This was one on the DEROS list…a visit to Haarlem, Netherlands to visit the home of Corrie ten Boom, author of the book The Hiding Place. That book was introduced to me by a college friend, and I highly recommend it. I certainly cannot adequately summarize the content in a blog post, but the short version is this: The ten Boom family were Christians, and during the Nazi occupation they believed it was their duty to hide Jewish people so that they would not be sent to concentration camps. Although they saved many, ultimately their house was raided and the family was imprisoned. Only Corrie survived and when the war was over she traveled the world to share her testimony of God’s love, providence, and grace.
The ten Booms were watchmakers and although the jewelry store next to their home is named Ten Boom Jewelers, it is no longer in the Ten Boom family.
Many of the furnishings in the house are authentic. This clock is still in the window, and it was once used to signal to other members of the Dutch Resistance whether there were Jewish people in hiding.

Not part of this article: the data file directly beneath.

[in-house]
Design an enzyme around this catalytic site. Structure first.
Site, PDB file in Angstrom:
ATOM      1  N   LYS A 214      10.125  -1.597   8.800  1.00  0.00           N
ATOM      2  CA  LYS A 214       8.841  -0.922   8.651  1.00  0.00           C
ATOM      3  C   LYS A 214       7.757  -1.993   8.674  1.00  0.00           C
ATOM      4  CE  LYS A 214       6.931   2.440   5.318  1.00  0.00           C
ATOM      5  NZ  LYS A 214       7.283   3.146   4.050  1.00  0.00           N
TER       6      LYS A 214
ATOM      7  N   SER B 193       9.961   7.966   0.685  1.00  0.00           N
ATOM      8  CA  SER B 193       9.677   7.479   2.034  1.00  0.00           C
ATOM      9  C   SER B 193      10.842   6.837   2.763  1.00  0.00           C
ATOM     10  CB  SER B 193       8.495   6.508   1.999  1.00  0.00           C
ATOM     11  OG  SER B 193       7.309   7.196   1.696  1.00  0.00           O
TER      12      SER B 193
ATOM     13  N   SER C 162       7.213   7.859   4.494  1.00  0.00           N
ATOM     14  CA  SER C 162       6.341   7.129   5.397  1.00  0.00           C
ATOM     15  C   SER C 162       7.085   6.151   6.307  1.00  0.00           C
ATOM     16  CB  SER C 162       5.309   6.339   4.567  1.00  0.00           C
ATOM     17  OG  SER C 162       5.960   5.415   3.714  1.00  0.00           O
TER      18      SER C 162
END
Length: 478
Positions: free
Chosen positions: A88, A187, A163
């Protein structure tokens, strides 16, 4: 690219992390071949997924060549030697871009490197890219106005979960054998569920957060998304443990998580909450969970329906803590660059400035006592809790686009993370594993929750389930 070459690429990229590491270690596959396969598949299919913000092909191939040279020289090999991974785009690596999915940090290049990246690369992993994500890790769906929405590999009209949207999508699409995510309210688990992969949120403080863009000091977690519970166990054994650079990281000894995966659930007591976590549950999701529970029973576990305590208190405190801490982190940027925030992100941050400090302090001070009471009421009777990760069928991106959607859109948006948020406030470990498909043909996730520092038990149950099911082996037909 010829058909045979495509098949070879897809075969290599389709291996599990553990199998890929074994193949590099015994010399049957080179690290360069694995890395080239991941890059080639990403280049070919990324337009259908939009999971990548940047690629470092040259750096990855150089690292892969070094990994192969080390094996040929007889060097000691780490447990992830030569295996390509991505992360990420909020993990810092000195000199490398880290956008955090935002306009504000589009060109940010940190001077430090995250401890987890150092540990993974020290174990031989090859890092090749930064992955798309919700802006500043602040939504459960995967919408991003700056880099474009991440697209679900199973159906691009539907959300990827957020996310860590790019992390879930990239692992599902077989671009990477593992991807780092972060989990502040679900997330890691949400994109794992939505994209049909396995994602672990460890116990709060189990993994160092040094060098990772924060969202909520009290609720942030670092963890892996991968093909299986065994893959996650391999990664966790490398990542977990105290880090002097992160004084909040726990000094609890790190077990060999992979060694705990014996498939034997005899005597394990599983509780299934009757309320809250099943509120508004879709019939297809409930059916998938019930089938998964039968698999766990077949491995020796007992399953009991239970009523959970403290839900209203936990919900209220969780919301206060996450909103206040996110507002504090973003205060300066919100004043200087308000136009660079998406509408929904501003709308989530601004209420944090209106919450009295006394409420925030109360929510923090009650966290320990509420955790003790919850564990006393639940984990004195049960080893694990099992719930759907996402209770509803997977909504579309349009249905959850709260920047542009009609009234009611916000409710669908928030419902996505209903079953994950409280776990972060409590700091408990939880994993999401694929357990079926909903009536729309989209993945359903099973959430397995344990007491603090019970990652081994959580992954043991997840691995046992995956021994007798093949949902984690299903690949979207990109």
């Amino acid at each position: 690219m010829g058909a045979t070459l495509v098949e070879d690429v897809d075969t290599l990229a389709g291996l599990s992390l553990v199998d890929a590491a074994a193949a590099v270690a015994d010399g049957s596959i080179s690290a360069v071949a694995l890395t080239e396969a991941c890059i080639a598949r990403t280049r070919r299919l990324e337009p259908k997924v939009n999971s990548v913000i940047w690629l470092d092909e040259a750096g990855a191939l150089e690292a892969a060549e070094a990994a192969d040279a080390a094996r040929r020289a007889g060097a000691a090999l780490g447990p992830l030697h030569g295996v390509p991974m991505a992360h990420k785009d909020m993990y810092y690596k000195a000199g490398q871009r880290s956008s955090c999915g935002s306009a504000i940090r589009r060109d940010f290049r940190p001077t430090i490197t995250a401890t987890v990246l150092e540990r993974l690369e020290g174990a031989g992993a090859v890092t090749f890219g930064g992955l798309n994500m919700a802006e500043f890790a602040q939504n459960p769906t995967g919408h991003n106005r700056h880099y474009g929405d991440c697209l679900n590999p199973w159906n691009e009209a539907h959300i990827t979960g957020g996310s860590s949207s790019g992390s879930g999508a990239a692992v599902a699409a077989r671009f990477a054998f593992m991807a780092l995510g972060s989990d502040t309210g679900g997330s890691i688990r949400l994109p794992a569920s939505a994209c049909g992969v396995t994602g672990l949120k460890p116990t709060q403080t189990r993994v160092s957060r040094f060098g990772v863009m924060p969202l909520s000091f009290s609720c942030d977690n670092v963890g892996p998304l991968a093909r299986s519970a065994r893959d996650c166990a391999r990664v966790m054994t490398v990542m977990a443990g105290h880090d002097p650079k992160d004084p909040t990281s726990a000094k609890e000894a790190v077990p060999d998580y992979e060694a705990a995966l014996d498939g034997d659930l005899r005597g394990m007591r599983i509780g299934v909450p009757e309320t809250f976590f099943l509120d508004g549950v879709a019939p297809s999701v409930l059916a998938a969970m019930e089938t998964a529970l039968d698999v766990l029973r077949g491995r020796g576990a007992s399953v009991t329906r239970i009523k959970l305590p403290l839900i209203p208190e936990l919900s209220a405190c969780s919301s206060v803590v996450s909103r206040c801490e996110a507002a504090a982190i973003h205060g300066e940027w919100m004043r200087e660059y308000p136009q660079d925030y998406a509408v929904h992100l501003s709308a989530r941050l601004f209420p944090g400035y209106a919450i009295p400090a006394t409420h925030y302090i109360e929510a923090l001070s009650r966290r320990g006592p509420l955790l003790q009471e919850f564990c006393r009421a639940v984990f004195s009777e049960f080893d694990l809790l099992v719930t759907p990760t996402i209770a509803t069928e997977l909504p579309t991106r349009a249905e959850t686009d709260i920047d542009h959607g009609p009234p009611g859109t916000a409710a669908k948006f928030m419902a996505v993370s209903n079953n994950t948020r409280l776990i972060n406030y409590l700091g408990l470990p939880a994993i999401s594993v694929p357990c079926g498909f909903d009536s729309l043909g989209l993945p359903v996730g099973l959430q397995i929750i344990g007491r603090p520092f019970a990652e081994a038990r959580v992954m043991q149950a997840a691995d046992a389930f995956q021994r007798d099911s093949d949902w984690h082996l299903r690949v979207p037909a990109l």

The tour was free and was led by a volunteer who enthusiastically shared the story of the ten Booms and the Christian faith. She described how the house had an alarm system to signal the occupants if a Nazi authority was visiting. They held drills in which they had to vacate the public spaces in the house, removing all evidence of their presence, and hide within 70 seconds. That meant not just getting the people into hiding, but removing extra dishes, clothes, personal items, and anything else that would indicate that there were more than the members of the ten Boom family at this house. After cleaning up they would rush to the entrance to the hiding place through this linen closet.
This hiding place was constructed by putting a false wall in Corrie’s bedroom; it was the size of a closet. It had been constructed with the help of a member of the Dutch Resistance. When the house was raided in February of 1944 there were six people hiding in this space. Though the hiding place and those therein were not found, a thorough search of the house uncovered extra ration cards so the ten Boom family was arrested and eventually sent to Ravensbruck concentration camp.
Corrie ten Boom was the sole survivor in her family – her sister Betsie and father Casper both died. Countless people were saved by her efforts – not just in hiding them in her home, but by sharing her message around the world. Though she passed away in 1983 (in California!) her story lives on through this house and through her writings.